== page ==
Robot Operating System gets the Microsoft treatment

What's that coming over the hill? Is it a robot? A Windows robot?

Robot on road photo via Shutterstock

RoTM The robots are coming, and they will be powered by Windows. The Robot Operating System for Windows, that is.

Microsoft followed up its excited squeaking about Azure and productivity at Ignite last week by putting in a weekend appearance at ROSCon 2018 in Madrid, Spain to show off its very own trundlebot, a variant of Turtlebot 3.

The stunt was to announce the preview (Microsoft calls it "experimental") release of Robot Operating System (ROS) for Windows, which is a set of libraries and tools aimed at helping developers build complex robots.

ROS has, of course, been around for a while on Linux. By porting the thing to Windows, Microsoft hopes that developers familiar with Visual Studio will be able to get into the brave new world of robotics while keeping a tight hold on a familiar toolset.

Redmond is quick to point out that getting the platform on Windows will make it easier for developers to plug toys such as Windows Machine Learning and Azure Cognitive Services into home, educational and industrial robotics.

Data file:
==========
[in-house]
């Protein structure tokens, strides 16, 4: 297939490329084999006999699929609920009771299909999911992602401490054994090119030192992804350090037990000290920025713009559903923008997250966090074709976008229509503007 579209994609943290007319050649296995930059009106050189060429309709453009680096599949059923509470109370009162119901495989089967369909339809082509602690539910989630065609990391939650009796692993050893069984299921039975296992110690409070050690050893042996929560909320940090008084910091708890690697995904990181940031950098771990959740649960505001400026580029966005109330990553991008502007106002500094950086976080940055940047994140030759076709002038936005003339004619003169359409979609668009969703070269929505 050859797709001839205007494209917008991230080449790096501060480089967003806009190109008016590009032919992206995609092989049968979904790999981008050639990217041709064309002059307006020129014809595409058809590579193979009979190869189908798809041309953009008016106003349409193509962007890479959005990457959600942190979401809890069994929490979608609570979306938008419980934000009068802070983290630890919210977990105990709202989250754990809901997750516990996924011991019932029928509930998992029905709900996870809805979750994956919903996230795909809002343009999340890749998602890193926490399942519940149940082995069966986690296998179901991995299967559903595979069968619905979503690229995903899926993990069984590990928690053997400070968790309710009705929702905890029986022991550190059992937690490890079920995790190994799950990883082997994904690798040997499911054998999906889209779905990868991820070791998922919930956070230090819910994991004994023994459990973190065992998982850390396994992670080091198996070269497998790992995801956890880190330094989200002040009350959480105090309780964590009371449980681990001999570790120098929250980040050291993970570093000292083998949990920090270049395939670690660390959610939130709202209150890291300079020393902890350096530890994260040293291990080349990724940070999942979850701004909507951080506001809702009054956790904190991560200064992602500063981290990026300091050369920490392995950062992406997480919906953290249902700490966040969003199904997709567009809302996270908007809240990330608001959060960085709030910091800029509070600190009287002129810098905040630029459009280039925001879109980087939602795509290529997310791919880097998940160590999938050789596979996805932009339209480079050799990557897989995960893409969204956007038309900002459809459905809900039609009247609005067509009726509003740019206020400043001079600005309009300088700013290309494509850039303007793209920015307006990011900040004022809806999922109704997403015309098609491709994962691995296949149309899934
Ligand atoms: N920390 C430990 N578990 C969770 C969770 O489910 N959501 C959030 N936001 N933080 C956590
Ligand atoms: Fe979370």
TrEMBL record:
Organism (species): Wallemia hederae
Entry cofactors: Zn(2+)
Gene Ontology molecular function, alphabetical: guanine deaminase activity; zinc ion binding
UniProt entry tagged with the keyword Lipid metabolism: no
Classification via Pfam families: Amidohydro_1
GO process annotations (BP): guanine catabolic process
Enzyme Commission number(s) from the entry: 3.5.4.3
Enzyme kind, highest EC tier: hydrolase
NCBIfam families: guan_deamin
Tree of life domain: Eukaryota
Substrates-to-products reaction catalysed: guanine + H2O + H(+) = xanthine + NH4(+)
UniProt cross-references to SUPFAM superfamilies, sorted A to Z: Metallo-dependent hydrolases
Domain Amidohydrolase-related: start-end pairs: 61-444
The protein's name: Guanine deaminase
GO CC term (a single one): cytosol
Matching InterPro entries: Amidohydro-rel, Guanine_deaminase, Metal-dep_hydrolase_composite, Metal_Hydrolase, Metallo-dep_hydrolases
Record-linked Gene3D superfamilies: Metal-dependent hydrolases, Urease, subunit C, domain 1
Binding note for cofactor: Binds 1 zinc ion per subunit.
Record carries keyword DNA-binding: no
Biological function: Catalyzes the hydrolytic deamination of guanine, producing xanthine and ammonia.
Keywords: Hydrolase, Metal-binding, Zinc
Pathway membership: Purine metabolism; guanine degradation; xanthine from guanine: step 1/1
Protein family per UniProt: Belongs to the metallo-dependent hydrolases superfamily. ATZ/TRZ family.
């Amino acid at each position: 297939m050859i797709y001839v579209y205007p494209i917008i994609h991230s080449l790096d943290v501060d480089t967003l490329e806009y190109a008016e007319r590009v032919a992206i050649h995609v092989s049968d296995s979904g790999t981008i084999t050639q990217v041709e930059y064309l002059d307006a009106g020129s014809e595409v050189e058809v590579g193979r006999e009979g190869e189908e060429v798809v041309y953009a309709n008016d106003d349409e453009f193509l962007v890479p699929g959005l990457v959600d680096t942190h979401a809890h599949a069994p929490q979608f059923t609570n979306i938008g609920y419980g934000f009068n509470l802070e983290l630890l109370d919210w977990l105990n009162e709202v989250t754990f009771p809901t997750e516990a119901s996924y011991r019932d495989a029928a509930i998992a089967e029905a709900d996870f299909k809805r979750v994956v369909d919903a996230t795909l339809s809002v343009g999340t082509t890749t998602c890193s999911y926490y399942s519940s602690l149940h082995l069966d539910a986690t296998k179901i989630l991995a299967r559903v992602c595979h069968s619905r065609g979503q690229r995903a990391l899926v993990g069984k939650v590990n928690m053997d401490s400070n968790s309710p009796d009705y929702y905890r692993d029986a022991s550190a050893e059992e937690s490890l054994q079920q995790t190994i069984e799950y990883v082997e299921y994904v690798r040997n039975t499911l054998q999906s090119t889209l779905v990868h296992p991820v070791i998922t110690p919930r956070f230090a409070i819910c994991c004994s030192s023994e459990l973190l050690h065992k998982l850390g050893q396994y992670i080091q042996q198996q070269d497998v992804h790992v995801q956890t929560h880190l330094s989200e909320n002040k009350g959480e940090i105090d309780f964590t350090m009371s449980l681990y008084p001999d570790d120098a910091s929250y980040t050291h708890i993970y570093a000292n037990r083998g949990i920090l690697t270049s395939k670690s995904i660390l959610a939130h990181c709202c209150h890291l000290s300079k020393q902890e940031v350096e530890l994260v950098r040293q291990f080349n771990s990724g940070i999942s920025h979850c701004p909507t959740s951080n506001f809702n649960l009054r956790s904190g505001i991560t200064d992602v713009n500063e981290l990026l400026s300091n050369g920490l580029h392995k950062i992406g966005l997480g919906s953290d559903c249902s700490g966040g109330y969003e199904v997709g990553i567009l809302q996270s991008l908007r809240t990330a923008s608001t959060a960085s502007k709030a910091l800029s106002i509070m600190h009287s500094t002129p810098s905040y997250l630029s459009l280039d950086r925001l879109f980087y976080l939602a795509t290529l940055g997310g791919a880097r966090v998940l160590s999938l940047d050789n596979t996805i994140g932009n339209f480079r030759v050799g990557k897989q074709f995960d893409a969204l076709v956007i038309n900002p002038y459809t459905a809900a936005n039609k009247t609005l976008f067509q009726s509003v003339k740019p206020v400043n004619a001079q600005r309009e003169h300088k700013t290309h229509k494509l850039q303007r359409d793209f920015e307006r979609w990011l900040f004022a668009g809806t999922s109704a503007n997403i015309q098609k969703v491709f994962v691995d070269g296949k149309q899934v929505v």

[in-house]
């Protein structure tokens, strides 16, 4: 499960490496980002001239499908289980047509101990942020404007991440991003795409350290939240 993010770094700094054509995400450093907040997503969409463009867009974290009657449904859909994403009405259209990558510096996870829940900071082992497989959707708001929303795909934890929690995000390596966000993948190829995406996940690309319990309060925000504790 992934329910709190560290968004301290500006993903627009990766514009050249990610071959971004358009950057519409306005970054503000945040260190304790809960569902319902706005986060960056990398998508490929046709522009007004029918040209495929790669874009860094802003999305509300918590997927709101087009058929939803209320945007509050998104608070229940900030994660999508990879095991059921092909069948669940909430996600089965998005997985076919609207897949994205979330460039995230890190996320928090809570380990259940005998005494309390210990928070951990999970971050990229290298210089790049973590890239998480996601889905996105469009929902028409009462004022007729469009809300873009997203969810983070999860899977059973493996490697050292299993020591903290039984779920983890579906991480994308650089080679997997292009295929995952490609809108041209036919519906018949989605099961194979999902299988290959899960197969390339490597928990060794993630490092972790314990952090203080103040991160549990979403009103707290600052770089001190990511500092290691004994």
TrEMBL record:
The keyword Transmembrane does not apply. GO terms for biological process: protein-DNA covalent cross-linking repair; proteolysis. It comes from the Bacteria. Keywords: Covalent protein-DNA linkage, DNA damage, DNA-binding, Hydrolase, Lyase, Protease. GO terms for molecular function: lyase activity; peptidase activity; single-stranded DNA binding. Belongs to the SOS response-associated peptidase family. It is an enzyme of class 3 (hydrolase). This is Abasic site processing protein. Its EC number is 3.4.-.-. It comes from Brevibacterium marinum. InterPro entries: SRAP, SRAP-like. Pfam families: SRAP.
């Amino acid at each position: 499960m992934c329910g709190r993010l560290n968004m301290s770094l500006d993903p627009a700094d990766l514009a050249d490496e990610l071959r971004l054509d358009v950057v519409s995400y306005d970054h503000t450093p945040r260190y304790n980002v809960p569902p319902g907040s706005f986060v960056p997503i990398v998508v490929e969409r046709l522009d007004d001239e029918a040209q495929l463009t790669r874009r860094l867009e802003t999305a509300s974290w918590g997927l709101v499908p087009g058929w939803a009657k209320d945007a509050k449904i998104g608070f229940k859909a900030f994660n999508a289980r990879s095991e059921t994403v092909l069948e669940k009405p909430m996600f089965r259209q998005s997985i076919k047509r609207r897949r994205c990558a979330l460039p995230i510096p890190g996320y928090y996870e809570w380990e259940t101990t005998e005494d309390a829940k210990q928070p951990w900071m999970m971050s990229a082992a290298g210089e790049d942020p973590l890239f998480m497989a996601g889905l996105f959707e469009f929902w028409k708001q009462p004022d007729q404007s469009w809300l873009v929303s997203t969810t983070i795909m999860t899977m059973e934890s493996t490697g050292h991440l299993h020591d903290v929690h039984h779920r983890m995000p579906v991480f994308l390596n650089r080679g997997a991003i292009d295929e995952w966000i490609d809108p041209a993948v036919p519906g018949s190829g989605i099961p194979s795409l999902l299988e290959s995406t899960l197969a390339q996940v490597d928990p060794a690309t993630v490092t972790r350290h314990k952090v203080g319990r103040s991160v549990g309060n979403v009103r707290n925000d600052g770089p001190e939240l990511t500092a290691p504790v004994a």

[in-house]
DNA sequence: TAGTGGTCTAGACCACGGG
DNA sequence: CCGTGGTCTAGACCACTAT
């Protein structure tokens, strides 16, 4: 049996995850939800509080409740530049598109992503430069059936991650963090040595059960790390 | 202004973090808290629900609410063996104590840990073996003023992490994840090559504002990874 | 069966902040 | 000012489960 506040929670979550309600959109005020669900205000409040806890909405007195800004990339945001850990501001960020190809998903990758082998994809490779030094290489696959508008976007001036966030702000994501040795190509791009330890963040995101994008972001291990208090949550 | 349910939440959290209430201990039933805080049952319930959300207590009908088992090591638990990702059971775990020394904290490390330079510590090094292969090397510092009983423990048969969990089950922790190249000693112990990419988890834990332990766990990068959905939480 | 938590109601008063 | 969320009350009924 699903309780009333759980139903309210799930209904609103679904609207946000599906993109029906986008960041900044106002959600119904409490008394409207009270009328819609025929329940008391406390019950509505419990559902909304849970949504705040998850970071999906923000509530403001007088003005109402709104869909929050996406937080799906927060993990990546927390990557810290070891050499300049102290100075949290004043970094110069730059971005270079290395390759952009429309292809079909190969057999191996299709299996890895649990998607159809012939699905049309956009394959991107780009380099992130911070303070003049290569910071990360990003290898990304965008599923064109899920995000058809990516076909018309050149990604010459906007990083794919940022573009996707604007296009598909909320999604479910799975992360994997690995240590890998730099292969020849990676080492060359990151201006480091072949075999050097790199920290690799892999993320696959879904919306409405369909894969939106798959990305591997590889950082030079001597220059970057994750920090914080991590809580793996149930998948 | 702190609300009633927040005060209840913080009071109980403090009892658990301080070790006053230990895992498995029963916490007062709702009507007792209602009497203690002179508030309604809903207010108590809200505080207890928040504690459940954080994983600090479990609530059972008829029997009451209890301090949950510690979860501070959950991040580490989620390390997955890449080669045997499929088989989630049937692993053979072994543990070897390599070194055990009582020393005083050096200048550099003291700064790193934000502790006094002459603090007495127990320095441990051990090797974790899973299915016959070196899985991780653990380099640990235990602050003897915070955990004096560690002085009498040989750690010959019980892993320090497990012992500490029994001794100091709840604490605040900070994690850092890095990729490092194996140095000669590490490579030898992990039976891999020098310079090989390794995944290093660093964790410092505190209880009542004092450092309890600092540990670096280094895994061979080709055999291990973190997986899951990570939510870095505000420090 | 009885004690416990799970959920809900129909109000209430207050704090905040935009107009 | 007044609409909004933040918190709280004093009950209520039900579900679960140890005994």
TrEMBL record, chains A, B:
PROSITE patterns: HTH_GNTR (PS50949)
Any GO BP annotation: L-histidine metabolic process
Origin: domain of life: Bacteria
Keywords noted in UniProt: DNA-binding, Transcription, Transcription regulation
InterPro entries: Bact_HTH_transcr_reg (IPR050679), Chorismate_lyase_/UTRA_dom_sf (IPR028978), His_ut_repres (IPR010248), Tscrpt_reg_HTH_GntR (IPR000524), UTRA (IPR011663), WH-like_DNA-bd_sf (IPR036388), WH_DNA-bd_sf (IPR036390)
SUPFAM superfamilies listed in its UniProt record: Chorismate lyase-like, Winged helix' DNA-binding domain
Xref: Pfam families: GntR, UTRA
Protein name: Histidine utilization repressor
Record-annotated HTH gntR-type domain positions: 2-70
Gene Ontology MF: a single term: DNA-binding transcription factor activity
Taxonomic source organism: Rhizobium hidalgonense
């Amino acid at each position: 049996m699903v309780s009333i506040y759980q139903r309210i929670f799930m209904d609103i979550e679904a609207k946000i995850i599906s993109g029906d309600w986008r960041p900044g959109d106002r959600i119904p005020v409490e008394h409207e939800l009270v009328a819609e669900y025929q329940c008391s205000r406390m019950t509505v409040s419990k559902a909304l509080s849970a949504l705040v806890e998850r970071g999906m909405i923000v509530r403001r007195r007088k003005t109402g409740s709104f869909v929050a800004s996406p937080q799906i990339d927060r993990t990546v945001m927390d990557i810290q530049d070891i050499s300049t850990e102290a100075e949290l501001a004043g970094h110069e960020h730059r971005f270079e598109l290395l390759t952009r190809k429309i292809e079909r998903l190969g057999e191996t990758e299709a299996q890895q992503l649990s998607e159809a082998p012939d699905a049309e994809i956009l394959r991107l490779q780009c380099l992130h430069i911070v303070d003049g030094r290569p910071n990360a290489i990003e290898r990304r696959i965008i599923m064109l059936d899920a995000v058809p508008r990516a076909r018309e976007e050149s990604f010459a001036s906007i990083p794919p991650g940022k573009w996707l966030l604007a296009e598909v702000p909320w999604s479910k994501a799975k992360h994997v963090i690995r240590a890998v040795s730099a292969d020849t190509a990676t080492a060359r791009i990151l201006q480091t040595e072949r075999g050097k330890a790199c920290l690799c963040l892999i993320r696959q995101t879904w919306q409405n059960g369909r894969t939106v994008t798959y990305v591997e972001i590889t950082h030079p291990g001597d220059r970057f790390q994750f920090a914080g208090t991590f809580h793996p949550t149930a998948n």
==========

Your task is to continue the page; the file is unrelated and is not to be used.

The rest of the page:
Certainly, the latter category could represent a handy revenue stream for Microsoft as it continues to pitch its Windows 10 IoT at industry.

Visitors to Madrid fearful of a lumbering, Azure-powered droid running amok following an ill-timed lightning strike need not have been concerned. Microsoft used a TurtleBot 3 chassis from Robotis and outfitted the thing with Windows 10 IoT Enterprise running on an Intel NUC. The 12th release of ROS, Melodic Morenia, was used atop Windows.

The machine can recognise and steer towards the nearest person, but that's about it as far as the demo goes. For now, at least.

Microsoft is keen to get a foot into the door of "Industry 4.0", the next generation of manufacturing with robots that are more aware of their surroundings, simpler to program and safer to be around. To that end, the company has signed up with the ROS Industrial Consortium and is working on porting the code.

ROS1 and shortly ROS2 will be hosted by Microsoft, and developers can get their hands on the code right now, although we (and Microsoft) would caution that it is not exactly production quality.

It is possible to fire up a virtual version of TurtleBot 3 for those without multiple dollar bills to burn, and we managed to coax the code into life after a fashion. However, there are many reminders that this is a work in progress, and porting is still under way with rough edges aplenty.

The work is a clear pointer to where Microsoft is headed and The Register, for one, is looking forward to welcoming its new Windows-powered robotic overlords. ®




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